I posted this on Facebook:
All Christians should take a shot at reading the Gospels. They're really quite enlightening. Some may be surprised to read that the Jesus guy they are always referring to never once condoned hate, judgment of others or violence in any form. In fact, rumor has it He was kind of against all of those things...
This was received favorably by most of my friends, both religious and non-religious. I had posted it as a reaction to some moron in the news pulling some kind of Westboro Baptist Church nonsense.
Then, I posted, on Monday, about Game of Thrones -- about how I was tired of the show and books and that it had started to wear thin with me because (among numerous other things) I stopped caring about a character who was, to me, heinous and unlikable.
I shared the link on Facebook and some agreed and some did not agree with my assessment of the show, which is to be expected (and encouraged). But one of my friends pointed out that, in her opinion, what I said about the character in the show (about his being heinous and, therefore, unworthy of my continuing attention) contradicted my previous Facebook post against being judgmental.
Did it, I wonder? Maybe. Maybe not, depending on the unraveling of semantics. (By the way, to a guy with a linguistics minor, "semantics" are not, as they seem to be to some others, trivialities -- they are important, fine shades of meaning.)
To me, there are two semantic issues here: 1) I think that being "judgmental" and being "critical" are two different things; 2) At a certain point, calling a person heinous for his actions ceases to be "judgmental" and turns into pointing out the way things are. Some things, after all, are inexcusable and should (to me) cause some kind of lifelong damage to a person's reputation.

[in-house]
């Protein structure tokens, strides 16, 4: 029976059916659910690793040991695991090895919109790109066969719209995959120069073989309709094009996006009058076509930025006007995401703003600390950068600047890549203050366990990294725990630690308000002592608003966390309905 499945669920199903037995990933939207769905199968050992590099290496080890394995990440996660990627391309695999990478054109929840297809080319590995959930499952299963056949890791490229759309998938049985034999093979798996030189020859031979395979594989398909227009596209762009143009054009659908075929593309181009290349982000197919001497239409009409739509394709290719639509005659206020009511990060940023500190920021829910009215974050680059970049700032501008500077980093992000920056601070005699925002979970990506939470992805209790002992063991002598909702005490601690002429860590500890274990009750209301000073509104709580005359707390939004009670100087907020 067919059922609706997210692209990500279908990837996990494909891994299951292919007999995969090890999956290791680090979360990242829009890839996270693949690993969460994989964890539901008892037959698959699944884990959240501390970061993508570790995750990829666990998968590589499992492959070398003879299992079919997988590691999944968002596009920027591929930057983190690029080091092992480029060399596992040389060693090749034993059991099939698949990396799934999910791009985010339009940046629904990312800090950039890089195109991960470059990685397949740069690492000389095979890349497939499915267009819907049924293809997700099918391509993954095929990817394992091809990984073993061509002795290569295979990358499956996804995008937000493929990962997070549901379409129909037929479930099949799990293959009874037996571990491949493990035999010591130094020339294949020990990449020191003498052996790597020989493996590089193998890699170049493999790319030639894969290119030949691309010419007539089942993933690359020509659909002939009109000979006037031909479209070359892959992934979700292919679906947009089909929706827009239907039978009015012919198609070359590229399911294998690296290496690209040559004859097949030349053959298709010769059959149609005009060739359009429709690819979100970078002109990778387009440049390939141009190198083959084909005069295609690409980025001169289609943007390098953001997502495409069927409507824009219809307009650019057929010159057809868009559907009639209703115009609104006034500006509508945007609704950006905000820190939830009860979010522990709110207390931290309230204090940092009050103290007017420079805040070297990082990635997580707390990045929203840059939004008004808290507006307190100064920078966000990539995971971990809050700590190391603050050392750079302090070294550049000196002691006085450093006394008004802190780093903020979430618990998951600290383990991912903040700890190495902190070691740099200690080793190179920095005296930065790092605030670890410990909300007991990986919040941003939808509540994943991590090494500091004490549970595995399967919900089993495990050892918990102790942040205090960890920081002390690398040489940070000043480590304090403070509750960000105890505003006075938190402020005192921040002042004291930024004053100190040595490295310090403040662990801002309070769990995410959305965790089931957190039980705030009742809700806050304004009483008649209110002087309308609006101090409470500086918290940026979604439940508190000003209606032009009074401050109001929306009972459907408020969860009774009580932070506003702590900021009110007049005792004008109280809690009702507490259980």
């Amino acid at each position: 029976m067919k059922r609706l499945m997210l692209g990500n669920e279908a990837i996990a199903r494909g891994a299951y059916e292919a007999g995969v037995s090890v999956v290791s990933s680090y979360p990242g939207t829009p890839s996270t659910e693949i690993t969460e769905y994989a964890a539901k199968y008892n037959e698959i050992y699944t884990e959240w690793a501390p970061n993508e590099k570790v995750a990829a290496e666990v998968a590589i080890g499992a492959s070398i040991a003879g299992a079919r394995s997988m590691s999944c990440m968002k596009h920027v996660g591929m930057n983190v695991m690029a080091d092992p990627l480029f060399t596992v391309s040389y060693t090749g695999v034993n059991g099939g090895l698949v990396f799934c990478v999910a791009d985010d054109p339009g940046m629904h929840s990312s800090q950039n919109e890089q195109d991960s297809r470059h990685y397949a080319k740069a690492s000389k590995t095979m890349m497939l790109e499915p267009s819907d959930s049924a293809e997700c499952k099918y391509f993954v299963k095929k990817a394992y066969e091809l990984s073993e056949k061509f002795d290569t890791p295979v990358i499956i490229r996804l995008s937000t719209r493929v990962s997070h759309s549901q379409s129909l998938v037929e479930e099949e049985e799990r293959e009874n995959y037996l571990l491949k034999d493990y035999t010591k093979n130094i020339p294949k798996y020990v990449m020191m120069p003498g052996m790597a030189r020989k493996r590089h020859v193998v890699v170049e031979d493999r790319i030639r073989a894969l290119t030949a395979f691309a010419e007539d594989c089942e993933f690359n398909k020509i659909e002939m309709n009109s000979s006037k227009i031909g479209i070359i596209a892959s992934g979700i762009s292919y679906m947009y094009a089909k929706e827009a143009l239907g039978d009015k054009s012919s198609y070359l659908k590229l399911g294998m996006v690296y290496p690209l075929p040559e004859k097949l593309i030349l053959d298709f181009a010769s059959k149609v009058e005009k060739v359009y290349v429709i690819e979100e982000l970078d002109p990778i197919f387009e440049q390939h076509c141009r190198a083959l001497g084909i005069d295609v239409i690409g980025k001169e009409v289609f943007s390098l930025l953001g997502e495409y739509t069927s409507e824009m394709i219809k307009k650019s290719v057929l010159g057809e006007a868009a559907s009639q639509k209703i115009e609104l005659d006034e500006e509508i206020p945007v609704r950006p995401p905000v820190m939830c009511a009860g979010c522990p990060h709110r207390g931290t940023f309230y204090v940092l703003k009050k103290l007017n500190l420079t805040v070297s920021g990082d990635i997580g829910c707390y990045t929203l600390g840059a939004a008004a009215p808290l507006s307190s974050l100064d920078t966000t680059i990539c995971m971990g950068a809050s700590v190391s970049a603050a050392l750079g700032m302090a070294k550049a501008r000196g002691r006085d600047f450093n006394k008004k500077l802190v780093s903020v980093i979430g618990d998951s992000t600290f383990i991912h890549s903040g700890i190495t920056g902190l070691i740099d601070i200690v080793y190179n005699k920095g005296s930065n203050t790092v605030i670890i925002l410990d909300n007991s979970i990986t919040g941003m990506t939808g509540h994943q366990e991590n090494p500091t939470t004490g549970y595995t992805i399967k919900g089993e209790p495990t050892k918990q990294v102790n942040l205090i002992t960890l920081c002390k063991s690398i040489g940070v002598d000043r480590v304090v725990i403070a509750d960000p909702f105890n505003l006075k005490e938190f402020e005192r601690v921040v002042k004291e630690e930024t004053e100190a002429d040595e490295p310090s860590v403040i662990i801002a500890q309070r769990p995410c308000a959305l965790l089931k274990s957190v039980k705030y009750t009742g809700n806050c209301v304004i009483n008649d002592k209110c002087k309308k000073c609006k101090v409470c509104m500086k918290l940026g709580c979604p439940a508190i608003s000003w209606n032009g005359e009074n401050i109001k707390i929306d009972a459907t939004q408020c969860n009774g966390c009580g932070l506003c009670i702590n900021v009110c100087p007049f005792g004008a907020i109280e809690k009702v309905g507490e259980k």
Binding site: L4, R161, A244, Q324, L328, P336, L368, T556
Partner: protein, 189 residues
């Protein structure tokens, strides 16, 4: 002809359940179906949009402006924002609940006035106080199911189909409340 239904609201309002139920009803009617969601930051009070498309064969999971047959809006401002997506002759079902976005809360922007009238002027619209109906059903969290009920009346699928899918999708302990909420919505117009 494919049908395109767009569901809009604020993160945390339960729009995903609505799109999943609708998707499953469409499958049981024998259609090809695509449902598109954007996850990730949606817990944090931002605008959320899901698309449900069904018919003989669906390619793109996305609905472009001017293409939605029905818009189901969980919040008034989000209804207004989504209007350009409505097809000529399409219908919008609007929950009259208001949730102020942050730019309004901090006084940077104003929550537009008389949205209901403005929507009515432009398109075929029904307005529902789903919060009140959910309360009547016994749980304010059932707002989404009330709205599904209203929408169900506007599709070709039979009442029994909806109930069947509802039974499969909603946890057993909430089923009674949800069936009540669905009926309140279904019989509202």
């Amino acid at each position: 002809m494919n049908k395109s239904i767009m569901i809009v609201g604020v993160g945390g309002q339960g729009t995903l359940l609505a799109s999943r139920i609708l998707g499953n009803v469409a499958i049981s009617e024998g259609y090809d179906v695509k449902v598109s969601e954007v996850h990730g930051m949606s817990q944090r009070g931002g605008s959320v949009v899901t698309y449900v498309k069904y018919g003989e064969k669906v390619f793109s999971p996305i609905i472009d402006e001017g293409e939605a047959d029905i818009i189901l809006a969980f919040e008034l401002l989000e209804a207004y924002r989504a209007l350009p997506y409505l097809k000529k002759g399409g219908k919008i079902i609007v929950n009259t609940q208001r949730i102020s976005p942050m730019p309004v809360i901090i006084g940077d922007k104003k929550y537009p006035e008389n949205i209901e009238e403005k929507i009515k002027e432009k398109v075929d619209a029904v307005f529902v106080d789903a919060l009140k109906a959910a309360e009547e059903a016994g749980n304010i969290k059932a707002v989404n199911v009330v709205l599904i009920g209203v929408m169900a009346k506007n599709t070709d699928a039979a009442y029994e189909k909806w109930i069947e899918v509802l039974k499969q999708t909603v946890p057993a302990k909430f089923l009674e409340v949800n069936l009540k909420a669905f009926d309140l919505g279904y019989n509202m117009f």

Point the first:
Let's do the Jesus thing here. The most famous parable in the Gospels about people not judging others is when the crowd wants to stone the prostitute to death and Jesus tell them that the one without sin should throw the first stone. In other words, don't judge when you, too, could be judged for numerous things. But...these people wanted to follow the Hebrew laws and kill this woman for her sins. Jesus was implying: let God draw the conclusions about who is right and wrong and let Him deal out the comeuppances. It is not our right to kill a woman for being promiscuous. I'm on board with that. (Yet, it would seem certain locales in our criminal justice system are not, when they employ the death penalty.)
But, does that mean we shouldn't write blog posts saying that it is wrong to be a prostitute...or even to say, "You know, Ms. So-and-so is a known and previously convicted prostitute in our town, so I don't want her to teach in our middle school for fear she might corrupt our girls"?
Is it unfairly judgmental to say: "So-and-so is a convicted child molester -- even though he 'did his time,' I will chase him away from my property where my kids play"?
Each of us must decide.
Point the second: